Doubts About New Zealand’s Ability To Host Rugby World Cup

A New Zealand based travel industry magazine, Traveltrade  has questioned New Zealand’s ability to host the Rugby World Cup and has hit out at the high prices tourists have to pay for accommodation, rental cars and flights during the event.

The mag’s editor, Gordon Gillan, used an example of his brother and his friends being quoted $21,000 by travel agents for 23 nights at the tournament. Saying, even though they could afford to pay the charges, they felt ripped-off and wanted to make their own arrangements.

Sounds like there may be some gazumping going on here. “Testing resources” or just being made to pay more?

“However, when the group tried to do so they had multiple problems which included

Gillan’s brother had secured and paid for accommodation, but was later told that it was overbooked.

And while trying to organize a rental car, he was informed it had to be picked up from Christchurch before 5pm – even though his flight did not arrive until 7pm.

“I think basically it’s hard work. It’s obviously testing resources … It’s a lot harder than the normal booking period,” said Gillan.

A flight from Auckland to Wellington in March cost Gillan $99. The same trip for two to see Scotland play a RWC game in September was going to set him back $908. source

Whilst New Zealand is good at telling people how good it is it falls short when it comes to delivering on that promise

He felt that while there was a lot of talk about ensuring visitors had a good experience in New Zealand, the people trying to book accommodation, flights and rental cars for the RWC were not getting a positive impression of New Zealand.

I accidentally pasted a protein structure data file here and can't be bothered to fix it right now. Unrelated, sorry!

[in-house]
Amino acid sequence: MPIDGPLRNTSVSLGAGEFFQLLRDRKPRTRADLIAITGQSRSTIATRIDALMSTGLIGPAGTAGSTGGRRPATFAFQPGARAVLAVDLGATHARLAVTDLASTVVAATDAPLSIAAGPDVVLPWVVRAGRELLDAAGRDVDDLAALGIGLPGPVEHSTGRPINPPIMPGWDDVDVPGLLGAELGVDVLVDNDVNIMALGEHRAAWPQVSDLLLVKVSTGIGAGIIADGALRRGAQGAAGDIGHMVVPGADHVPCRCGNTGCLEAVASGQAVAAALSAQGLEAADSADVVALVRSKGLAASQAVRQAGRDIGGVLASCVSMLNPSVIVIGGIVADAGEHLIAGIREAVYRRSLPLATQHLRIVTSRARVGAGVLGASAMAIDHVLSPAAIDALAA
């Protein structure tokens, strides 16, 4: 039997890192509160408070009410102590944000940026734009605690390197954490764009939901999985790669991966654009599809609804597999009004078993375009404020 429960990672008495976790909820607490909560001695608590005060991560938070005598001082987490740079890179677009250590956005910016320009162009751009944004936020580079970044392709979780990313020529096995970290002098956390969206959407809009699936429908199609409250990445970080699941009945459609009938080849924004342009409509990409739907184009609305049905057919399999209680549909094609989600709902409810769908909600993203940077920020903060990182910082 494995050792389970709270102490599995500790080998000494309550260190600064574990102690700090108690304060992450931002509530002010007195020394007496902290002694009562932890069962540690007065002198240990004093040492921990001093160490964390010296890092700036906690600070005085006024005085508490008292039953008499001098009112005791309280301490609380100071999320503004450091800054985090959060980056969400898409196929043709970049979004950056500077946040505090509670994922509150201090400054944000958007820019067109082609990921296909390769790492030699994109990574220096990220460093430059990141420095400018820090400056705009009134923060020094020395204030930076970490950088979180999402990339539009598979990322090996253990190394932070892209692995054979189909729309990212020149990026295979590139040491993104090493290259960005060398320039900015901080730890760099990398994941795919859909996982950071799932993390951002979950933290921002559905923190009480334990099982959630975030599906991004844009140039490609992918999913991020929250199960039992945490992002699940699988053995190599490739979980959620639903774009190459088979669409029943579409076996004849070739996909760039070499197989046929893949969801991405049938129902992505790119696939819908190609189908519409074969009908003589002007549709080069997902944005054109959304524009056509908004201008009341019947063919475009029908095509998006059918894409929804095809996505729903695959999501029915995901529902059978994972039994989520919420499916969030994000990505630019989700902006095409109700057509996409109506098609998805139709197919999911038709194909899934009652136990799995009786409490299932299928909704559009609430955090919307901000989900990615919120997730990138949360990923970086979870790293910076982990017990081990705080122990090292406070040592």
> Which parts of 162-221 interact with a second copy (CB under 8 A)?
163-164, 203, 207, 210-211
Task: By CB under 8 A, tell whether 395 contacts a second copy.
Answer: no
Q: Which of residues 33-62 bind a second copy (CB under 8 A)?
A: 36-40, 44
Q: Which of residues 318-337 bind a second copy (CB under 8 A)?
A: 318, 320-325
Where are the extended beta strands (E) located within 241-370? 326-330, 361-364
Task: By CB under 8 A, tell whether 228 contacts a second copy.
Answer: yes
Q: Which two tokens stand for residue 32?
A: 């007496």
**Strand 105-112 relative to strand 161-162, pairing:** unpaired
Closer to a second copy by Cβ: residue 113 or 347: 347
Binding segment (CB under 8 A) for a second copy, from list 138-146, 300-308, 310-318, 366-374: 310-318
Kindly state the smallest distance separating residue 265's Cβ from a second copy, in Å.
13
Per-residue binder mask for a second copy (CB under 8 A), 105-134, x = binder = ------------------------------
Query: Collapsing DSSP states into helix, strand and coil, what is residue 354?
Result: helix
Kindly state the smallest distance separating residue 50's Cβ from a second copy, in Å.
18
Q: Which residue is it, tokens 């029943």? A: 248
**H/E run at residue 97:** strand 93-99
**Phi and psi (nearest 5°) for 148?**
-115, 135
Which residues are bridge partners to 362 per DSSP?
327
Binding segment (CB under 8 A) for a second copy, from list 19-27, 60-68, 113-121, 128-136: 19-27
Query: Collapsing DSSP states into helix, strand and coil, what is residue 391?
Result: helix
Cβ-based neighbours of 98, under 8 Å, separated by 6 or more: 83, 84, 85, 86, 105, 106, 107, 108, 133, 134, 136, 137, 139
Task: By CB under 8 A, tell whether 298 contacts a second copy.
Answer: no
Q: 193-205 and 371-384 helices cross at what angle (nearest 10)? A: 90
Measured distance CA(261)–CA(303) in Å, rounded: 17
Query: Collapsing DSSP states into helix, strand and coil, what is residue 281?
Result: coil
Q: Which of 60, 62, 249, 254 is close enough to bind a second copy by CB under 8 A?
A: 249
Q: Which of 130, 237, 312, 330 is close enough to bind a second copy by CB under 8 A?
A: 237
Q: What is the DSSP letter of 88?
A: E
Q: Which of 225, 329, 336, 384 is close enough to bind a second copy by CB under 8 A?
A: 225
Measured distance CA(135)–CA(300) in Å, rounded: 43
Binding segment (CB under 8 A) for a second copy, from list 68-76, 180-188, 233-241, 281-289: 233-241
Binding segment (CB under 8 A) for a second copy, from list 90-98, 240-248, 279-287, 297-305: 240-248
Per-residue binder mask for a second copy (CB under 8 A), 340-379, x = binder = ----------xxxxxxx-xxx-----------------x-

“People are paying top dollar for accommodation and flights to secure tickets … the delivery is going to have to be outstanding if people are paying these sorts of prices.”

He also said there was little accommodation available for people who had bought match tickets but were travelling independently…” read more here

Of course the problem has been compounded by the Christchurch earthquakes (the city is still suffering from large afterschocks) and the relocation of the city’s games to other parts of New Zealand.

Even New Zealanders are finding it hard to get to the matches, many South Islanders simply can’t afford the travel and accommodation costs at this late stage. Unfortunately for them the government reneged on their promise in March to provide special travel packages to support to Cantabrians wanting to attend relocated fixtures. All the fans got was their ticket money back.

Rugby World Cup Minister Murray McCully said earlier this month

there will be no further planning because the commercial travel market still has good value fares to meet demand for travel from Christchurch.”

An almost thousand dollar price tag on a $99 ticket is supposed to be “good value”? Only in New Zealand perhaps.

Is it any wonder that only half of the available tickets have been sold. 919,000 tickets had been sold before the quake, that number dropped to 790,000 after the cancellation of ticket sales for the seven relocated matches. There are a total of 1.65 million tickets still available.

New Zealand has been concentrating for so long on the much hyped fiscal rewards of hosting the RWC that it has lost sight of its obligation to provide a good value for money experience for the games’ fans. Time to get real, stop trying to rake in the bucks. Get a grip on reality and give the fans the value for money they deserve.

Because if New Zealand doesn’t who can blame them if they vote with their wallets, stay home, avoid the NZ winter (why bother getting cold and wet at *party central) and watch it all on television. Local and international supporters alike.

*Party Central

Auckland’s so called Party Central will be an uncovered, open area on the harbourside. A structure called The Cloud will be built but this will be little more than a trade exhibit selling New Zealand to invited guests and visiting VIPs.